By Dael Ki
Over the course of this chaotic and unprecedented summer, many people have sought serenity through self-isolating.
For some, like Chappaqua resident Jonathan Richer, that can be on a tranquil body of water canoeing, kayaking or boating or finding calm hiking in the woods.
Richer, who was born and raised in Connecticut, has built various watercraft in his home workshop. His interest in boat-building was stimulated during childhood, growing up with parents who loved the outdoors. They regularly took the young Jonathan canoeing and camping, which, in turn, sparked his interest in the outdoors from a young age.
Richer also spent much time fixing and making various objects, fascinated with the art of building, which motivated him to construct his first boat in 2000.
“I always wanted to build a boat,” Richer said. “Once I saw wooden boats, I fell in love with them; I absolutely fell in love with Adirondack guide boats years ago in the Adirondacks. So I said, ‘I’ll build a boat’ and built a canoe with my father.”
Richer’s passion for boat building also comes from using his hands to create beautiful objects.
“Especially in an age where everyone’s faces are fixated on phone and computer screens all the time, I think a throwback to craftsmanship really speaks to my values,” he said.
That is a value he shares with his students at the Yonkers Paddle and Rowing Club, where he teaches classes on how to build traditional skin-on-frame kayaks that are designed to be used on the Hudson River. The classes typically start in September and the boats are built by May.
He also holds private classes at his Chappaqua home workshop and builds watercraft for private clients. Richer is also a sixth-grade math teacher at Ethical Culture Fieldston Middle School, a Bronx private school.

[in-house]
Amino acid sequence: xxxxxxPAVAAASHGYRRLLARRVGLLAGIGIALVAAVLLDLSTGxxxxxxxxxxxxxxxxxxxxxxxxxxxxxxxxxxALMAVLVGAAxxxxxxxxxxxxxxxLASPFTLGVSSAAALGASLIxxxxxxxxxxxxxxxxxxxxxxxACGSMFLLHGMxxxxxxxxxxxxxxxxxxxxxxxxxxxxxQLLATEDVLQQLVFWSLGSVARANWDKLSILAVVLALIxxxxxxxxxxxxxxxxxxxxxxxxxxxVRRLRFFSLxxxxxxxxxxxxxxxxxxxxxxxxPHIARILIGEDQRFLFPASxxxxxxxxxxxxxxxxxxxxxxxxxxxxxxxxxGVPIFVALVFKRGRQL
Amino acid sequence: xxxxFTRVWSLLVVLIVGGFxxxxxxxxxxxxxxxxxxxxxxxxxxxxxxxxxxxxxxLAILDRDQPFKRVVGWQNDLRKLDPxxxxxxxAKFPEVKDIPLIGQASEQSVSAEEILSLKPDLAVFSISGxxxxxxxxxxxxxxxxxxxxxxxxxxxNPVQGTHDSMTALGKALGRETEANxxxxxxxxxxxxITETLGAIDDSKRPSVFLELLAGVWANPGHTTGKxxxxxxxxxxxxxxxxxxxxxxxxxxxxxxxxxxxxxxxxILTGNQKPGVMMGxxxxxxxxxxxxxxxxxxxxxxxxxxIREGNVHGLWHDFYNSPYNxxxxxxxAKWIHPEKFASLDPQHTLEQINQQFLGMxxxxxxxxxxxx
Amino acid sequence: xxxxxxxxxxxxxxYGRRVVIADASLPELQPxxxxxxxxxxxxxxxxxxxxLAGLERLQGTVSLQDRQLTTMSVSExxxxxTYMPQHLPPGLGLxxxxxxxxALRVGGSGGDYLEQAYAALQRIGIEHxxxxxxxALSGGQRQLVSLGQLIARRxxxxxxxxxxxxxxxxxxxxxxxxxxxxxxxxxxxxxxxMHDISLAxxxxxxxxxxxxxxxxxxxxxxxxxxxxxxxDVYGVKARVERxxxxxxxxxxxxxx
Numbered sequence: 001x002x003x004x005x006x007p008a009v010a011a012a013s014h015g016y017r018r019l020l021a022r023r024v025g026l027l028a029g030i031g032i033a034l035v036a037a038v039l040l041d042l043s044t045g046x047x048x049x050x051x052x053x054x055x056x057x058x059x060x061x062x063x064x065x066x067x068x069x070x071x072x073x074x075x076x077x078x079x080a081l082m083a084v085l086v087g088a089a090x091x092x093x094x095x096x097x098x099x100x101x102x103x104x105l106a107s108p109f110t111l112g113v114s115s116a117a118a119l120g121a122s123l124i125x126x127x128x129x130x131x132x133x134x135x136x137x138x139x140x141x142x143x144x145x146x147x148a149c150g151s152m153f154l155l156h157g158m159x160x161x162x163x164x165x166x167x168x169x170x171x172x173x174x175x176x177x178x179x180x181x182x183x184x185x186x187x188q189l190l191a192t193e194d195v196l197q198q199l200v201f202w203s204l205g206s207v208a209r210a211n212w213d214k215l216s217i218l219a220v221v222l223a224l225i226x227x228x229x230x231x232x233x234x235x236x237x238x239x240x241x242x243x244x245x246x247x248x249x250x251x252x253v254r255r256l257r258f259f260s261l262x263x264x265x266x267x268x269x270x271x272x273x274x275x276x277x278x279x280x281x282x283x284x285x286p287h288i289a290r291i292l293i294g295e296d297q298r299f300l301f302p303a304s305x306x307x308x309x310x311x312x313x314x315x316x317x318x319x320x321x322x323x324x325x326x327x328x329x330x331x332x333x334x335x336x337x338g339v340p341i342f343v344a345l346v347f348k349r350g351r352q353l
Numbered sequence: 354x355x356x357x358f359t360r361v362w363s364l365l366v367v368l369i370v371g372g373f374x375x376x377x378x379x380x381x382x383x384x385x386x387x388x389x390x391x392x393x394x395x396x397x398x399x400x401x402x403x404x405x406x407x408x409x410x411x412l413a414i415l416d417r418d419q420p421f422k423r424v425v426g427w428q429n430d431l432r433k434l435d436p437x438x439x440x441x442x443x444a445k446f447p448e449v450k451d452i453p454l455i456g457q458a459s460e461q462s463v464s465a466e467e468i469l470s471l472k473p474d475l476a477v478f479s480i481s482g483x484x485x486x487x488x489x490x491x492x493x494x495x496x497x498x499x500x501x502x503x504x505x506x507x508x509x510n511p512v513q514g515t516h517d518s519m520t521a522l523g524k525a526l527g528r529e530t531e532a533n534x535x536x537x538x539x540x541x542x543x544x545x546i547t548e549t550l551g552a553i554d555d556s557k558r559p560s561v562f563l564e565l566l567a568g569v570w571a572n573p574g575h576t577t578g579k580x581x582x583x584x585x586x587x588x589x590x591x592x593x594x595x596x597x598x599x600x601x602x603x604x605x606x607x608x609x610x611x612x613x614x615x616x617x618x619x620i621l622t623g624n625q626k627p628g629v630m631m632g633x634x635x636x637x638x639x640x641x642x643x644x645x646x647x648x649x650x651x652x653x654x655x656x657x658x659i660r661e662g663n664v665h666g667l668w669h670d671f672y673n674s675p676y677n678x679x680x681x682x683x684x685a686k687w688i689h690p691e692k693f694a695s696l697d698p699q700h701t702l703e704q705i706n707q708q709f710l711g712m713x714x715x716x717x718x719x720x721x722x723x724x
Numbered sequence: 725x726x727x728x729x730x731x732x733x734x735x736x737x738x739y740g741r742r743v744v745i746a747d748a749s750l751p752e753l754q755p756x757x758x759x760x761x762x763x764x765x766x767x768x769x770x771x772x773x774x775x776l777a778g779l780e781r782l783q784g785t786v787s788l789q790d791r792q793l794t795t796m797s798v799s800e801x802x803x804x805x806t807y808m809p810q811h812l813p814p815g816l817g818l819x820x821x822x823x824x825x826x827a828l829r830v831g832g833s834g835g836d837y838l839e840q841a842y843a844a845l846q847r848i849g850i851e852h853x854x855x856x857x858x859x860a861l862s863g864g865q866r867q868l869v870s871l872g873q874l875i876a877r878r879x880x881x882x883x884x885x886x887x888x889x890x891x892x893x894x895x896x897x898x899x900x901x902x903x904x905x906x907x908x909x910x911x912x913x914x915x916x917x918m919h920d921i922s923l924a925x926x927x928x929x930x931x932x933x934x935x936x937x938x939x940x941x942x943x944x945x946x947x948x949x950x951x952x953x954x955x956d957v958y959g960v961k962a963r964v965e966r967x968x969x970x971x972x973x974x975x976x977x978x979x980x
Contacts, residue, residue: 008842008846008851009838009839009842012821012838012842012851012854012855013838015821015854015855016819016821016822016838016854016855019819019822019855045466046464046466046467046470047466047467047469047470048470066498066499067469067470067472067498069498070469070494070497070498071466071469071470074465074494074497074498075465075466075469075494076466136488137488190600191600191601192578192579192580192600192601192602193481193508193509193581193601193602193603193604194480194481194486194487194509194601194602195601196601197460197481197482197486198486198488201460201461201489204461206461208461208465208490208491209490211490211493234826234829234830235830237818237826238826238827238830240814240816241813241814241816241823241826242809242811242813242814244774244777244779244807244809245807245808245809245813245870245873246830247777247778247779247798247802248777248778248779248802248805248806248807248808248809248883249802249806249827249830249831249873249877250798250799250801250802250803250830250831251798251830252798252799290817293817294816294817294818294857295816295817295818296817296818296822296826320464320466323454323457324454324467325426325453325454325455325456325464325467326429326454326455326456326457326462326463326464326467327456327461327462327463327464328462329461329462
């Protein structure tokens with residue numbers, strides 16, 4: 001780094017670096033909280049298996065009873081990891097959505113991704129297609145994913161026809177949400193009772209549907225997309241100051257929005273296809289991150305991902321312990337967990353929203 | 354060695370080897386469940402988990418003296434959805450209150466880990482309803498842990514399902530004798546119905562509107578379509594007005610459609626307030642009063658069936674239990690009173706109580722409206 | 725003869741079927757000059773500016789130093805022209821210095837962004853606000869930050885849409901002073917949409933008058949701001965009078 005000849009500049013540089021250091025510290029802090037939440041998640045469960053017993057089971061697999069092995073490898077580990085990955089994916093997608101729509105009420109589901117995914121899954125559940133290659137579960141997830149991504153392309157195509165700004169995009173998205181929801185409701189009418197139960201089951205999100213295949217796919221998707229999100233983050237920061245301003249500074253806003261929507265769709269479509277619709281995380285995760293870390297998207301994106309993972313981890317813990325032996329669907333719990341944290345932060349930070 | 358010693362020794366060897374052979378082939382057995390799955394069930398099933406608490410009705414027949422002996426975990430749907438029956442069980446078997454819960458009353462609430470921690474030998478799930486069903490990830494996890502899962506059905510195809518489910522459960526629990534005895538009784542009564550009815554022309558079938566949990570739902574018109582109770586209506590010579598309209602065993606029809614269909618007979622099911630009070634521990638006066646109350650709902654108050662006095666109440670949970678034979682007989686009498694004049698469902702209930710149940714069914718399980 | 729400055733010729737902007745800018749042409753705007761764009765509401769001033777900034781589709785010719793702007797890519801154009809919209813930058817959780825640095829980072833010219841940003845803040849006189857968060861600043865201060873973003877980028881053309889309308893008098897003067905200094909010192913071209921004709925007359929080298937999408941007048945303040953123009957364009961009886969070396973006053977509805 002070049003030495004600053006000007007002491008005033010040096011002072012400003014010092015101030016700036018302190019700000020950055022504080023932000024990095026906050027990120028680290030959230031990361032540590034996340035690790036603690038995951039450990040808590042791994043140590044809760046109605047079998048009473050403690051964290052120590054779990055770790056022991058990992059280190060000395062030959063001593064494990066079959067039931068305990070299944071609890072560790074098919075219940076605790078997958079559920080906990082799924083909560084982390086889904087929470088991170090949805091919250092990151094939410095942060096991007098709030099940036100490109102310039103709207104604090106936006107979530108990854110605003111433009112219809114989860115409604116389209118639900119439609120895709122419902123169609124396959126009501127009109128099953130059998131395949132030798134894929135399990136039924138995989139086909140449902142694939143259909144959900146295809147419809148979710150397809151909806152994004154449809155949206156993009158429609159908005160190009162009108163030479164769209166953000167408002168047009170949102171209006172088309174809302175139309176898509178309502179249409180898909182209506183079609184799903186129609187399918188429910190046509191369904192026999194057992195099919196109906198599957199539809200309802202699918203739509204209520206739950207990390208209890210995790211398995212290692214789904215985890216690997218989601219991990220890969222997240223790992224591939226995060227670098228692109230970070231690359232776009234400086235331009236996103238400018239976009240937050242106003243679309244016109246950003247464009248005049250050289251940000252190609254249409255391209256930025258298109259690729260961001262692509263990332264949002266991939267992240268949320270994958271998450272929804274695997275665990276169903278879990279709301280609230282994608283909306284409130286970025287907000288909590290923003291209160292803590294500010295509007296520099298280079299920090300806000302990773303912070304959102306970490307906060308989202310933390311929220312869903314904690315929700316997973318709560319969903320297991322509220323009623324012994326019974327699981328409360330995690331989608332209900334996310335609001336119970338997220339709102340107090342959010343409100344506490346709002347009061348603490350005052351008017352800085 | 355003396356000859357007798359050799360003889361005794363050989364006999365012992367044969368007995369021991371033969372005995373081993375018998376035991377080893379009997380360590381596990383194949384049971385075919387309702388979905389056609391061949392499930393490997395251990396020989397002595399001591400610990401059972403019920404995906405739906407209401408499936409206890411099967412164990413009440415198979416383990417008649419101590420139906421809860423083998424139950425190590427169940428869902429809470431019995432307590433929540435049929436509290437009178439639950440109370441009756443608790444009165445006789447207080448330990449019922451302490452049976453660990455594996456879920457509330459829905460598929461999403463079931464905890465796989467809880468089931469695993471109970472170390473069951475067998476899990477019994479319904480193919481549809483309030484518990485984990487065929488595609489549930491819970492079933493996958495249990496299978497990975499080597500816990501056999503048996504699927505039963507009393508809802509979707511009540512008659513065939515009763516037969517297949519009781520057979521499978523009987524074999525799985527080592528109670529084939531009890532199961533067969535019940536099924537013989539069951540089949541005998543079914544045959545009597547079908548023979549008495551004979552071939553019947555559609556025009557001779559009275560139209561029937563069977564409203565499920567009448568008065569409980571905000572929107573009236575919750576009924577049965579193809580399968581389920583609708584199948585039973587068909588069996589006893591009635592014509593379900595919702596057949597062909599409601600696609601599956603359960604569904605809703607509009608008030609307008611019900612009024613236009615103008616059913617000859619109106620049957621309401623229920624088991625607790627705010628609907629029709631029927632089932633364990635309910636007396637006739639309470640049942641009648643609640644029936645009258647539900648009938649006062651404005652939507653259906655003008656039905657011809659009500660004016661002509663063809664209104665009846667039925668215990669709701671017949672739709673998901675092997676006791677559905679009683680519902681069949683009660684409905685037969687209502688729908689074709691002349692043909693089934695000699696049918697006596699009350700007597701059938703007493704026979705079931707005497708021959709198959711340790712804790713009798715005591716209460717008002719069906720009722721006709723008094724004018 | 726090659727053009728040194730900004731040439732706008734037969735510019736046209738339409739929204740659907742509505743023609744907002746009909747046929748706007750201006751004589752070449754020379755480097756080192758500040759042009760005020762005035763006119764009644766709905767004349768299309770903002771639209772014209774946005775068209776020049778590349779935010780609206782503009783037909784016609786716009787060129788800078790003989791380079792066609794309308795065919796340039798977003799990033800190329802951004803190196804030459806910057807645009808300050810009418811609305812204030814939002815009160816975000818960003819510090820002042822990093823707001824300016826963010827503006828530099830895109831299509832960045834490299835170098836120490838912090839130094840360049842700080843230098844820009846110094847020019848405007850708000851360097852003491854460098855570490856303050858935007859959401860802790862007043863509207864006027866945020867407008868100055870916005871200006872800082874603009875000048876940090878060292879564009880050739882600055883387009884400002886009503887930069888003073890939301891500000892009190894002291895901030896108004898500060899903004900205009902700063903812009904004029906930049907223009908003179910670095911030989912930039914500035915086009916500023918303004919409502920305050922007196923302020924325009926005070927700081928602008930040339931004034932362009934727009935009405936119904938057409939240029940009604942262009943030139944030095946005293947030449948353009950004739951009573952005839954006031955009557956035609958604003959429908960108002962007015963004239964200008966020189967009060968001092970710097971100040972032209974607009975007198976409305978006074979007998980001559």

Isolated during the pandemic, Richer spent three months building his latest Adirondack guide boat, a 14-and-a-half-foot long, 40-inch-wide craft that weighs just 28 pounds, roughly half the average weight for a boat its size.
“The number one reason why people don’t use boats that they make or own is because the boats are too heavy,” he said.
Richer solved that problem using a method called skin-on-frame boat building, which helps him to maintain the light weight while still retaining beauty and function.
“We build the form and the shape out of wood, and instead of covering it with more wood, we sew on a skin and treat them to make it waterproof,” Richer explained. “This makes the boat very lightweight. It makes it easy to throw it up on the roof and go.”
The guide boat was made with Western red cedar as opposed to modern fiberglass mold construction.
“For me, this [boat] is a solution. It gives me an Adirondack guide boat that I don’t need to buy a trailer for; I can just put it on top of my car,” Richer said. “It’s light, beautiful and you actually get to see the wood.”
Richer enjoys using the boat on the lower Hudson River and hopes to sell plenty of other handcrafted boats for others to enjoy.
“I would love to build more Adirondack guide boats and sell them. That is my dream,” he said.
For anyone who may be interested in commissioning Richer to build a boat, he may be contacted at firstname.lastname@example.org.